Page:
Sarawak proposes new plant for fuel cell electric vehicles

Sarawak proposes new plant for fuel cell electric vehicles

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Sarawak proposes new plant for fuel...
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August 5, 2022 0 By Tami Hood

The facility is intended to help reduce the cost of FCEVs in alignment with the Malaysian state goals.

The Malaysian state of Sarawak has announced its intentions to host a new automotive assembly plant geared specifically toward the production of fuel cell electric vehicles (FCEVs).

The state has been developing strategies for its automotive industry to transition away from fossil fuels.

The Sarawak government has previously announced that it will be making an ambitious push to step away from the automotive industry’s reliance on fossil fuels. Instead, it will be focusing its future on a transition toward clean and renewable energy (RE) sources, said Dr. Hazland Abang Hipni, Deputy Minister of Energy and Environmental Sustainability.

The state government is already in the midst of the implementation of a spectrum of other projects and initiatives that will aid it in transforming itself into a hydrogen economy.

As of the time of the writing of this article, the specific details of the H2-powered auto assembly plant project had not yet been disclosed. This includes the name of the automaker of the fuel cell electric vehicles that will be involved, the size of the investment, and even the production capacity for the facility. That said, it is expected that Sarawak Premier Datuk Patinggi Abang Johari Tun Openg will be sharing those details at a later date.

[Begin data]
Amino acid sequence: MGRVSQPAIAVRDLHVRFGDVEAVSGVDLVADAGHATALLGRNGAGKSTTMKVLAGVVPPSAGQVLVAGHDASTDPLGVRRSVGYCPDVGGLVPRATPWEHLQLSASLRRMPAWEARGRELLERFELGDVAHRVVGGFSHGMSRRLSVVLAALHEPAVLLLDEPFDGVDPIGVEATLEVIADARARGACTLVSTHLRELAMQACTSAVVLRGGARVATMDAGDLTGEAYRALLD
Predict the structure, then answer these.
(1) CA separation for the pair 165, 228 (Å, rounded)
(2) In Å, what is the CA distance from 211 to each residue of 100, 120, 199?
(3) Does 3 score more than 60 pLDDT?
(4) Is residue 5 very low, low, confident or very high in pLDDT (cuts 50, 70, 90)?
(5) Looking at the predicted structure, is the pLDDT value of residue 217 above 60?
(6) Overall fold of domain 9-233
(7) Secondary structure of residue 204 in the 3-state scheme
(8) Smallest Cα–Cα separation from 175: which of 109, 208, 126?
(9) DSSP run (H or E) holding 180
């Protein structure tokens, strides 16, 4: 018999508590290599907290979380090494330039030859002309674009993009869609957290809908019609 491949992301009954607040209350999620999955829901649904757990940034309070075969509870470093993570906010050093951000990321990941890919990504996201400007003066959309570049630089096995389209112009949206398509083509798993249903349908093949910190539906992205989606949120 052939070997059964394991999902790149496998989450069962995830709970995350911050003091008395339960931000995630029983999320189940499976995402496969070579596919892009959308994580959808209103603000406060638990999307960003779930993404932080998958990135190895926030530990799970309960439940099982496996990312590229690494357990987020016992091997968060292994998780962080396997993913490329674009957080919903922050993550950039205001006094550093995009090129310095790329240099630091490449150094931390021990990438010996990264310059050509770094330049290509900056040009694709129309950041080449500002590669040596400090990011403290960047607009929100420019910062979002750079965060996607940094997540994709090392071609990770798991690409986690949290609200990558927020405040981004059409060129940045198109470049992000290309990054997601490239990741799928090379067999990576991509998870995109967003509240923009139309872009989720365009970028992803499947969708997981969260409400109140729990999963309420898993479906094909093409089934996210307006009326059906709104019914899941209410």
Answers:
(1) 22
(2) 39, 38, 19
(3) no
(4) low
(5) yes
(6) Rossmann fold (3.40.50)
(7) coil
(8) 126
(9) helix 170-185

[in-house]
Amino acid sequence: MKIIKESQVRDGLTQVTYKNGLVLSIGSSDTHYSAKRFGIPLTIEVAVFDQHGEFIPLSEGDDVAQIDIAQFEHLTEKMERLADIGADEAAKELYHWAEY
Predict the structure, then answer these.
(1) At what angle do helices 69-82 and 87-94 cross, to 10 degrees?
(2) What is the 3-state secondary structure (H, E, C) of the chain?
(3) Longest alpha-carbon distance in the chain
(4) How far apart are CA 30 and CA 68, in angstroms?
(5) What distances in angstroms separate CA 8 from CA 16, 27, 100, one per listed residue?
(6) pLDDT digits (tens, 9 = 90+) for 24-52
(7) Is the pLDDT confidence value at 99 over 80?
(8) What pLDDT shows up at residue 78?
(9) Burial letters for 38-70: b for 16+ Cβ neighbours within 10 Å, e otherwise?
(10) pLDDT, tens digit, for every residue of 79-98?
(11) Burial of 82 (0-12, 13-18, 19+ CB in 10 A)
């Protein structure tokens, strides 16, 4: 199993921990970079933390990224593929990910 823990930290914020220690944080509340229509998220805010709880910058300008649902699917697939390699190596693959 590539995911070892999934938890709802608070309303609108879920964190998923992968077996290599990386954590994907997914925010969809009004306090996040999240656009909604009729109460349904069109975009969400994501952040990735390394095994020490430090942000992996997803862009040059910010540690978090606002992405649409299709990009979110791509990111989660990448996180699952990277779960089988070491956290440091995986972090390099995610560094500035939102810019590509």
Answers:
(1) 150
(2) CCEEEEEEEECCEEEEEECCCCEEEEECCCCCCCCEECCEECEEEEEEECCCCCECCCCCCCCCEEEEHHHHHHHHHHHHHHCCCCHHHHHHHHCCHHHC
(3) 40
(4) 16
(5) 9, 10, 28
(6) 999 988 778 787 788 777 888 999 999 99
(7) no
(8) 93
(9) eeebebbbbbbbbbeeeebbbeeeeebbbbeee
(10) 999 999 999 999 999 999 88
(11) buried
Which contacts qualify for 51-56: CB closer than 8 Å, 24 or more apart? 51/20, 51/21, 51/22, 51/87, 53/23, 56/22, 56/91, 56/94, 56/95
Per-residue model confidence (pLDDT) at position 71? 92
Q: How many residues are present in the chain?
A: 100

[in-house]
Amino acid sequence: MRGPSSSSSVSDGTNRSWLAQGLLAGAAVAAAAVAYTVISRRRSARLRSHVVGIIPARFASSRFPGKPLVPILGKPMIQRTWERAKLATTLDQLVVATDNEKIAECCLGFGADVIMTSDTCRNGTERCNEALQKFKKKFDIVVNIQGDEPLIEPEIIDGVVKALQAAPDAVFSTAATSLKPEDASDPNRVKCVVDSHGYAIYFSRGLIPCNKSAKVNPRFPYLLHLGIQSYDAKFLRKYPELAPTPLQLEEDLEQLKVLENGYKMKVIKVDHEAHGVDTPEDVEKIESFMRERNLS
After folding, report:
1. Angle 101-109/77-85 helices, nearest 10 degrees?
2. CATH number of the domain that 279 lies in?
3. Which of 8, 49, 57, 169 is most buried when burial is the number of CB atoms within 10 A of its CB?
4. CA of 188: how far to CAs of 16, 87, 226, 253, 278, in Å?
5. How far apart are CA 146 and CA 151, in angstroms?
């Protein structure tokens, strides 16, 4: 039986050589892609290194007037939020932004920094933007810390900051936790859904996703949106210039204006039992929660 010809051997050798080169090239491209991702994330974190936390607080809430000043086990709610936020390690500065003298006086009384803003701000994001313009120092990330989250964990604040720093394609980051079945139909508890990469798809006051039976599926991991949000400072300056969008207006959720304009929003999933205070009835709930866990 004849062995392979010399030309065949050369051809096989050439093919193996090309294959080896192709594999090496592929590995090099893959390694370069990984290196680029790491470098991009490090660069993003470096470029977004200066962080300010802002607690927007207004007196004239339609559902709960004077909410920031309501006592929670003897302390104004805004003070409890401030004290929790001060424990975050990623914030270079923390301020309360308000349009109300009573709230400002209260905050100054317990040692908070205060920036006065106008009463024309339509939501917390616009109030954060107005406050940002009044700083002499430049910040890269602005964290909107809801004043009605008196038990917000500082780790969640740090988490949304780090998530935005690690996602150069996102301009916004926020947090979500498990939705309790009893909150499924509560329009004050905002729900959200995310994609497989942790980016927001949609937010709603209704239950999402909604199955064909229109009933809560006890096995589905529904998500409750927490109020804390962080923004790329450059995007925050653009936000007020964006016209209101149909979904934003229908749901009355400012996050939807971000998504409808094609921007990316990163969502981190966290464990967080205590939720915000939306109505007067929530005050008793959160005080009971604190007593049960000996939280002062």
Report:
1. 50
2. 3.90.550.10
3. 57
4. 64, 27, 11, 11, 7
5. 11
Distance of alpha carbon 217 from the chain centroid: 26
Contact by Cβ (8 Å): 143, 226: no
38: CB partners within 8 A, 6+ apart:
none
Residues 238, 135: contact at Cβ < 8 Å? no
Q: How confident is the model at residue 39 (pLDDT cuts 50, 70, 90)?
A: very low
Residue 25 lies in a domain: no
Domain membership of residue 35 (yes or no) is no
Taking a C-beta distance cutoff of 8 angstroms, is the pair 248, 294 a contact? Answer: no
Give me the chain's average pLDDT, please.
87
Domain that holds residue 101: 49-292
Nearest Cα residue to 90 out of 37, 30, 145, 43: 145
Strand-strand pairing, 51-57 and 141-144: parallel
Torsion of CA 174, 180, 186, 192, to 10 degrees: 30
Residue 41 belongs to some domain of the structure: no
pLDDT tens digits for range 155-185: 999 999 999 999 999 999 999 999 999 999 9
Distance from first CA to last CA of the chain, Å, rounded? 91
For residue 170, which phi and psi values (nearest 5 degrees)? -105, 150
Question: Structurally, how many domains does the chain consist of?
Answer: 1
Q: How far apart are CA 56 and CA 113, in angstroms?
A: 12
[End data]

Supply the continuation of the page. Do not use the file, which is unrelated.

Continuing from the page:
Fuel cell electric vehicles - an auto assembly plant

The focus on fuel cell electric vehicles aligns with the broader focus on building a hydrogen economy.

“There are many BEVs in the market but the origin and source of energy to produce the battery is questionable. That is why Sarawak is focusing on FCEV powered by hydrogen locally,” said Hazland at the end of July after having opened the 18th International Conference on Clean Energy 2022. “The rationale behind the setting up of a car assembly plant here to produce FCEVs is to bring down the price of these vehicles for the locals.”

According to Hazland, most local drivers cannot afford the cost of EVs sold by Japanese automakers. Therefore, the state government will be placing a larger focus on importing more fuel cell electric vehicles for government officials and state cabinet members to use.